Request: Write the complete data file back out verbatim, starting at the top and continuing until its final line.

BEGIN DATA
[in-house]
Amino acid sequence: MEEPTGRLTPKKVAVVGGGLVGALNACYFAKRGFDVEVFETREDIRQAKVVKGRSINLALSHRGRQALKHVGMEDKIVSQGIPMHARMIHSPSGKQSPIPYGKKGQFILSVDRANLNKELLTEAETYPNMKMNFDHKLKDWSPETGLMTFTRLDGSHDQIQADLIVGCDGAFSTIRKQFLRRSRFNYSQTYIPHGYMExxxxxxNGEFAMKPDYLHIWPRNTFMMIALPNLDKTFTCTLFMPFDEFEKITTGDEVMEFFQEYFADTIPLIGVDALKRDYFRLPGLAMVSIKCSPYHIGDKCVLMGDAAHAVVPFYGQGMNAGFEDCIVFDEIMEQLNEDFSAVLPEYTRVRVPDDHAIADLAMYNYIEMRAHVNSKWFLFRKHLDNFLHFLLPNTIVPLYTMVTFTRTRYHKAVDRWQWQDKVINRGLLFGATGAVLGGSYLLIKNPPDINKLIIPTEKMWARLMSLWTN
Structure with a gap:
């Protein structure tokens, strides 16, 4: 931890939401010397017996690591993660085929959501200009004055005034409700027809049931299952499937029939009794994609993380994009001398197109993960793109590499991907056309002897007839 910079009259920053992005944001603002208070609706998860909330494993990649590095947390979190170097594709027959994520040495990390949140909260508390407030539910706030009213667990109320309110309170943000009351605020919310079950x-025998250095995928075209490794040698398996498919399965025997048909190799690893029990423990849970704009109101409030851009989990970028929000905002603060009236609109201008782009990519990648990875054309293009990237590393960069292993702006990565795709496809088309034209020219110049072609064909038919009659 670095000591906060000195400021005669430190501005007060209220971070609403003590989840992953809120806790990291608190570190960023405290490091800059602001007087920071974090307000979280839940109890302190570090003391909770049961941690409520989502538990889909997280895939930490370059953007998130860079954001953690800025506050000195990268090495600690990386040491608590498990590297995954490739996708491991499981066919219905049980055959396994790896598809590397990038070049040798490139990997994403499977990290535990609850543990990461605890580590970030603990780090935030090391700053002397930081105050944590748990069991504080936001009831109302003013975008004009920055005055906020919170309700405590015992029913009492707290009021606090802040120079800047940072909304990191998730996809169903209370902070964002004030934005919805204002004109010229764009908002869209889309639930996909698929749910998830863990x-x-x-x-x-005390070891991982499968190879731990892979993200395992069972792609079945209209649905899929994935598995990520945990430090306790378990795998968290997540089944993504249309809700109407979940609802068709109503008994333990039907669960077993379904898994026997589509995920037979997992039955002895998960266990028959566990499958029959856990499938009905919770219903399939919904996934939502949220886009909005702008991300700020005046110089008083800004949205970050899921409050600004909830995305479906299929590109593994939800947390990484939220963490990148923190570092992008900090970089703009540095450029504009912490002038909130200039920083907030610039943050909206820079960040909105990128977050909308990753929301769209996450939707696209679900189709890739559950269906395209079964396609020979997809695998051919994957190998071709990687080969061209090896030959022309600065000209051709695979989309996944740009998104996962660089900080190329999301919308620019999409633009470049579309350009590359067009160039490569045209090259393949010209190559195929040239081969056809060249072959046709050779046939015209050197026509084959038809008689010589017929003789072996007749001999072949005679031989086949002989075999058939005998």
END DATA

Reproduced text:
[in-house]
Amino acid sequence: MEEPTGRLTPKKVAVVGGGLVGALNACYFAKRGFDVEVFETREDIRQAKVVKGRSINLALSHRGRQALKHVGMEDKIVSQGIPMHARMIHSPSGKQSPIPYGKKGQFILSVDRANLNKELLTEAETYPNMKMNFDHKLKDWSPETGLMTFTRLDGSHDQIQADLIVGCDGAFSTIRKQFLRRSRFNYSQTYIPHGYMExxxxxxNGEFAMKPDYLHIWPRNTFMMIALPNLDKTFTCTLFMPFDEFEKITTGDEVMEFFQEYFADTIPLIGVDALKRDYFRLPGLAMVSIKCSPYHIGDKCVLMGDAAHAVVPFYGQGMNAGFEDCIVFDEIMEQLNEDFSAVLPEYTRVRVPDDHAIADLAMYNYIEMRAHVNSKWFLFRKHLDNFLHFLLPNTIVPLYTMVTFTRTRYHKAVDRWQWQDKVINRGLLFGATGAVLGGSYLLIKNPPDINKLIIPTEKMWARLMSLWTN
Structure with a gap:
């Protein structure tokens, strides 16, 4: 931890939401010397017996690591993660085929959501200009004055005034409700027809049931299952499937029939009794994609993380994009001398197109993960793109590499991907056309002897007839 910079009259920053992005944001603002208070609706998860909330494993990649590095947390979190170097594709027959994520040495990390949140909260508390407030539910706030009213667990109320309110309170943000009351605020919310079950x-025998250095995928075209490794040698398996498919399965025997048909190799690893029990423990849970704009109101409030851009989990970028929000905002603060009236609109201008782009990519990648990875054309293009990237590393960069292993702006990565795709496809088309034209020219110049072609064909038919009659 670095000591906060000195400021005669430190501005007060209220971070609403003590989840992953809120806790990291608190570190960023405290490091800059602001007087920071974090307000979280839940109890302190570090003391909770049961941690409520989502538990889909997280895939930490370059953007998130860079954001953690800025506050000195990268090495600690990386040491608590498990590297995954490739996708491991499981066919219905049980055959396994790896598809590397990038070049040798490139990997994403499977990290535990609850543990990461605890580590970030603990780090935030090391700053002397930081105050944590748990069991504080936001009831109302003013975008004009920055005055906020919170309700405590015992029913009492707290009021606090802040120079800047940072909304990191998730996809169903209370902070964002004030934005919805204002004109010229764009908002869209889309639930996909698929749910998830863990x-x-x-x-x-005390070891991982499968190879731990892979993200395992069972792609079945209209649905899929994935598995990520945990430090306790378990795998968290997540089944993504249309809700109407979940609802068709109503008994333990039907669960077993379904898994026997589509995920037979997992039955002895998960266990028959566990499958029959856990499938009905919770219903399939919904996934939502949220886009909005702008991300700020005046110089008083800004949205970050899921409050600004909830995305479906299929590109593994939800947390990484939220963490990148923190570092992008900090970089703009540095450029504009912490002038909130200039920083907030610039943050909206820079960040909105990128977050909308990753929301769209996450939707696209679900189709890739559950269906395209079964396609020979997809695998051919994957190998071709990687080969061209090896030959022309600065000209051709695979989309996944740009998104996962660089900080190329999301919308620019999409633009470049579309350009590359067009160039490569045209090259393949010209190559195929040239081969056809060249072959046709050779046939015209050197026509084959038809008689010589017929003789072996007749001999072949005679031989086949002989075999058939005998």